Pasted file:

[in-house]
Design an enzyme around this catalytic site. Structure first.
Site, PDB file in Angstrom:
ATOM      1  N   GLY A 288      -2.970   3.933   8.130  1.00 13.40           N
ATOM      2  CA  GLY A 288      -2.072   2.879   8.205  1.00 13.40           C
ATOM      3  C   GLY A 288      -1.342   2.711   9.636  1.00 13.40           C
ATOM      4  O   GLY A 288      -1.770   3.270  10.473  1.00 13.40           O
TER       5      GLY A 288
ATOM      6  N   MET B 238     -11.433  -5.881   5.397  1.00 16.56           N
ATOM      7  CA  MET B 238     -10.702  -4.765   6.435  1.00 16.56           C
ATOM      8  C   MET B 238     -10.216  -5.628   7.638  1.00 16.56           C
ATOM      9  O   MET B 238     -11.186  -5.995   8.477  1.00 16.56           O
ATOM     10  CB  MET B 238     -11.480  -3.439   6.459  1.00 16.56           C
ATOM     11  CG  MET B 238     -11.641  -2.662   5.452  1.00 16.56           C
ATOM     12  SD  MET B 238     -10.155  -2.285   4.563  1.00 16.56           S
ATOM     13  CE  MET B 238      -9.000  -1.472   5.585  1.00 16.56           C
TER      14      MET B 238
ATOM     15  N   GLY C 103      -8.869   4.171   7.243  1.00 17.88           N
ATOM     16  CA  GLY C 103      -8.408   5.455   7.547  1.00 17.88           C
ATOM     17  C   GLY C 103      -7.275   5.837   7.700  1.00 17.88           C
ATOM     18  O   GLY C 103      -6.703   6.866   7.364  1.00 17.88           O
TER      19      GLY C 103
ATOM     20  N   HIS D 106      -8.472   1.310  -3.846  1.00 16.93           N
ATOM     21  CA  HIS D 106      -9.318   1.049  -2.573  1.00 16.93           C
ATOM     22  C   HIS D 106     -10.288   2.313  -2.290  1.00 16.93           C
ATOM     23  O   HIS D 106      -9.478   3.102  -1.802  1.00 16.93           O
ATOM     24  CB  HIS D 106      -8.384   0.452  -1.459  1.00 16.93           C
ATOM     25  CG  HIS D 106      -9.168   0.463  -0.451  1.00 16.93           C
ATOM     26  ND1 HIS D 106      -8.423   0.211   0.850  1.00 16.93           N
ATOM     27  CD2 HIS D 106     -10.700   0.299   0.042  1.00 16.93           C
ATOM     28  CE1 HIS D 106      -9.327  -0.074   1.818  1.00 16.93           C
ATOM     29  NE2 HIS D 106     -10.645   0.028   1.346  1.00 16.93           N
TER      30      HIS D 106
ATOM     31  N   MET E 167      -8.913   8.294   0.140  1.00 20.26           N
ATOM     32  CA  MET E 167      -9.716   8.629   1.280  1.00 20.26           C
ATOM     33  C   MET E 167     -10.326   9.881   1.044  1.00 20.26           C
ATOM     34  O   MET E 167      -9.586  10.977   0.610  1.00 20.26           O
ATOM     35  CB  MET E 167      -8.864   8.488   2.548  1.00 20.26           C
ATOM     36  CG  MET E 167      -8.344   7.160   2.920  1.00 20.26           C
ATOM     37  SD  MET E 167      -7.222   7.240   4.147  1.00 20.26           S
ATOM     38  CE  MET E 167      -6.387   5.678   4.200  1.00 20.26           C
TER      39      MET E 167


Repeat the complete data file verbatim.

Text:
[in-house]
Design an enzyme around this catalytic site. Structure first.
Site, PDB file in Angstrom:
ATOM      1  N   GLY A 288      -2.970   3.933   8.130  1.00 13.40           N
ATOM      2  CA  GLY A 288      -2.072   2.879   8.205  1.00 13.40           C
ATOM      3  C   GLY A 288      -1.342   2.711   9.636  1.00 13.40           C
ATOM      4  O   GLY A 288      -1.770   3.270  10.473  1.00 13.40           O
TER       5      GLY A 288
ATOM      6  N   MET B 238     -11.433  -5.881   5.397  1.00 16.56           N
ATOM      7  CA  MET B 238     -10.702  -4.765   6.435  1.00 16.56           C
ATOM      8  C   MET B 238     -10.216  -5.628   7.638  1.00 16.56           C
ATOM      9  O   MET B 238     -11.186  -5.995   8.477  1.00 16.56           O
ATOM     10  CB  MET B 238     -11.480  -3.439   6.459  1.00 16.56           C
ATOM     11  CG  MET B 238     -11.641  -2.662   5.452  1.00 16.56           C
ATOM     12  SD  MET B 238     -10.155  -2.285   4.563  1.00 16.56           S
ATOM     13  CE  MET B 238      -9.000  -1.472   5.585  1.00 16.56           C
TER      14      MET B 238
ATOM     15  N   GLY C 103      -8.869   4.171   7.243  1.00 17.88           N
ATOM     16  CA  GLY C 103      -8.408   5.455   7.547  1.00 17.88           C
ATOM     17  C   GLY C 103      -7.275   5.837   7.700  1.00 17.88           C
ATOM     18  O   GLY C 103      -6.703   6.866   7.364  1.00 17.88           O
TER      19      GLY C 103
ATOM     20  N   HIS D 106      -8.472   1.310  -3.846  1.00 16.93           N
ATOM     21  CA  HIS D 106      -9.318   1.049  -2.573  1.00 16.93           C
ATOM     22  C   HIS D 106     -10.288   2.313  -2.290  1.00 16.93           C
ATOM     23  O   HIS D 106      -9.478   3.102  -1.802  1.00 16.93           O
ATOM     24  CB  HIS D 106      -8.384   0.452  -1.459  1.00 16.93           C
ATOM     25  CG  HIS D 106      -9.168   0.463  -0.451  1.00 16.93           C
ATOM     26  ND1 HIS D 106      -8.423   0.211   0.850  1.00 16.93           N
ATOM     27  CD2 HIS D 106     -10.700   0.299   0.042  1.00 16.93           C
ATOM     28  CE1 HIS D 106      -9.327  -0.074   1.818  1.00 16.93           C
ATOM     29  NE2 HIS D 106     -10.645   0.028   1.346  1.00 16.93           N
TER      30      HIS D 106
ATOM     31  N   MET E 167      -8.913   8.294   0.140  1.00 20.26           N
ATOM     32  CA  MET E 167      -9.716   8.629   1.280  1.00 20.26           C
ATOM     33  C   MET E 167     -10.326   9.881   1.044  1.00 20.26           C
ATOM     34  O   MET E 167      -9.586  10.977   0.610  1.00 20.26           O
ATOM     35  CB  MET E 167      -8.864   8.488   2.548  1.00 20.26           C
ATOM     36  CG  MET E 167      -8.344   7.160   2.920  1.00 20.26           C
ATOM     37  SD  MET E 167      -7.222   7.240   4.147  1.00 20.26           S
ATOM     38  CE  MET E 167      -6.387   5.678   4.200  1.00 20.26           C
TER      39      MET E 167